Architectural Engineer and Elixir expert Paul Schoenfelder will be speaking at The Big Elixir Conference November 8 in New Orleans. We caught up with him to get a preview of his presentation, and hear about his latest Elixir development project. Check him out on stage at the conference, and dive more into his Elixir insights on the DockYard blog.
Update: Watch Paul’s presentation below.
Can you provide a brief overview of your presentation?
My topic is, “Building reliable distributed stateful systems in Elixir.” I’ll be discussing distributed state and how it typically finds its way into systems, as well as common implementation problems. I’ll give a brief tour of consistency/consensus models, the tools typically used in Elixir, and then dive into an explanation of the new library I’ve created, which approaches some of these problems and attempts to provide a more generally useful abstraction/solution.
What made you decide to build this library?
The approach to developing the library is interesting. I started by building a simulator, which would allow me to deterministically run a simulated cluster and inject faults of different types, such as disk/power failure, network partitions, clock skew, and more. This made it possible to test whether those faults result in undesirable application behavior. Then, using the simulator, I built a framework for developing different types of key/value storage with pluggable consistency models.
The store and models can be built separately from one another, allowing an application to mix and match persistence, consistency, and stores based on the needs of that application. The simulator allows us to verify that the models are correct. This has the potential to be a huge benefit in the development of applications which require distributed state and is something that, until now, hasn’t existed in Elixir.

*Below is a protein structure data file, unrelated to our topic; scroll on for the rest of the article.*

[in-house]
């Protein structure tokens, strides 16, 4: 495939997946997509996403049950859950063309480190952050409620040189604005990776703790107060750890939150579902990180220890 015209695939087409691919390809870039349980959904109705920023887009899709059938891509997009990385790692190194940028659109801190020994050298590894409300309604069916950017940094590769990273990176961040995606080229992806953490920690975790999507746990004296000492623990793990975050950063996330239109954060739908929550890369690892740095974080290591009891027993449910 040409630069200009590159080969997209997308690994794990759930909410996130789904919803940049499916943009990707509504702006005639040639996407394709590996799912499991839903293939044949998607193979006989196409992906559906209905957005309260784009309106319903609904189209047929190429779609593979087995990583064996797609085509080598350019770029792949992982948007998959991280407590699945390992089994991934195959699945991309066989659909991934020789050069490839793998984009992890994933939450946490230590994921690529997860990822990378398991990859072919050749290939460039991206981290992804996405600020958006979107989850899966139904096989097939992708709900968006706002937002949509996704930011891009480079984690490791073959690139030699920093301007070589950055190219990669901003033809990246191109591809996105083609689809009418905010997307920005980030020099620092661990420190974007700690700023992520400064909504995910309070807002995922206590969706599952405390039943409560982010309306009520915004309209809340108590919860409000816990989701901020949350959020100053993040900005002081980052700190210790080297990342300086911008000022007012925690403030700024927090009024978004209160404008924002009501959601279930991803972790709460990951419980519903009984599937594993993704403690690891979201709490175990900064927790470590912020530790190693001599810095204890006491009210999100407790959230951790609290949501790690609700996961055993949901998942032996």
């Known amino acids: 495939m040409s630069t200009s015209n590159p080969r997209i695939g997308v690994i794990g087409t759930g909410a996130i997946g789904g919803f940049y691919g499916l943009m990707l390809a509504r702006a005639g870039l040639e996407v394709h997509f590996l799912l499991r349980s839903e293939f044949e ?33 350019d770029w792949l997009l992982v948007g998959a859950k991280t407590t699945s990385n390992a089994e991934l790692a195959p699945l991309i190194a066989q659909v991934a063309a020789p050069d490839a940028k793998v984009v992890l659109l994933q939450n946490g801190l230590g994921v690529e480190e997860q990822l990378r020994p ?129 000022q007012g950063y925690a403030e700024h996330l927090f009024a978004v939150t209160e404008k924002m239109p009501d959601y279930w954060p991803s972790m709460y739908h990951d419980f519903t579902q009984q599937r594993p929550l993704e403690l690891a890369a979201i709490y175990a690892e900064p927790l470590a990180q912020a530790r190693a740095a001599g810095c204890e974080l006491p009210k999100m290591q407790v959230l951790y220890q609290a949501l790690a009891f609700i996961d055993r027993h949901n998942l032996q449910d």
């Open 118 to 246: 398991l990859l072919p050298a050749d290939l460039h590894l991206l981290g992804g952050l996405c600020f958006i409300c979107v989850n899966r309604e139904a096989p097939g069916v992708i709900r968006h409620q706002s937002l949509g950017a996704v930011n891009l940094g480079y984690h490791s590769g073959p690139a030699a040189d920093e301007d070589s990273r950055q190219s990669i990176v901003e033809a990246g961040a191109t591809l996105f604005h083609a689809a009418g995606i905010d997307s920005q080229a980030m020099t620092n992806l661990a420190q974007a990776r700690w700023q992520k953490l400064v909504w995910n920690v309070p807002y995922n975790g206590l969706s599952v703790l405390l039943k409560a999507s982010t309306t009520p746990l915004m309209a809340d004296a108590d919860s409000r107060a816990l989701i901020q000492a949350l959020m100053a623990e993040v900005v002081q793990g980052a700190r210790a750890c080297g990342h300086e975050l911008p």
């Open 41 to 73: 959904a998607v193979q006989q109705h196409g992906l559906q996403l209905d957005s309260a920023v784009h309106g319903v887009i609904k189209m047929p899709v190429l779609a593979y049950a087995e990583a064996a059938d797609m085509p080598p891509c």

Can you elaborate on the future of Elixir?
The future of Elixir and how this new library ties into it is a great question. In my opinion, one of the big problems facing the development community right now is how to take an application from single-node to multi-node, and how to deal with the resulting distributed state problems. The existing tools are hard to understand, or have varied APIs, or make assumptions about your application; and they are almost universally unverified. So there is no way to know if they really work the way they are supposed to.
What I’ve built is an attempt at solving all of those things: I want to provide a unified API for the most common class of distributed state (key/value-based storage), which allows developers to focus on the application rules without having to think about distribution or consistency guarantees.
My approach simultaneously allows other developers to build consistency models for different use cases, which can be plugged into the library. Engineers can make use of the provided simulation framework to ensure that the model behaves the way they expect in different failure modes, particularly the ability to specify properties of the system that must hold under all conditions. So it becomes a soft form of verification.
What are you most looking forward to hearing about at Big Elixir?
I’m very much looking forward to hearing Josh Adams’ talk On Building Systems as well as Going Multi-Node by Eric Oestrich. And the Big Elixir Conference is such a wonderful gathering of leaders in the Elixir community, I’m sure there will be many other great talks, as well!
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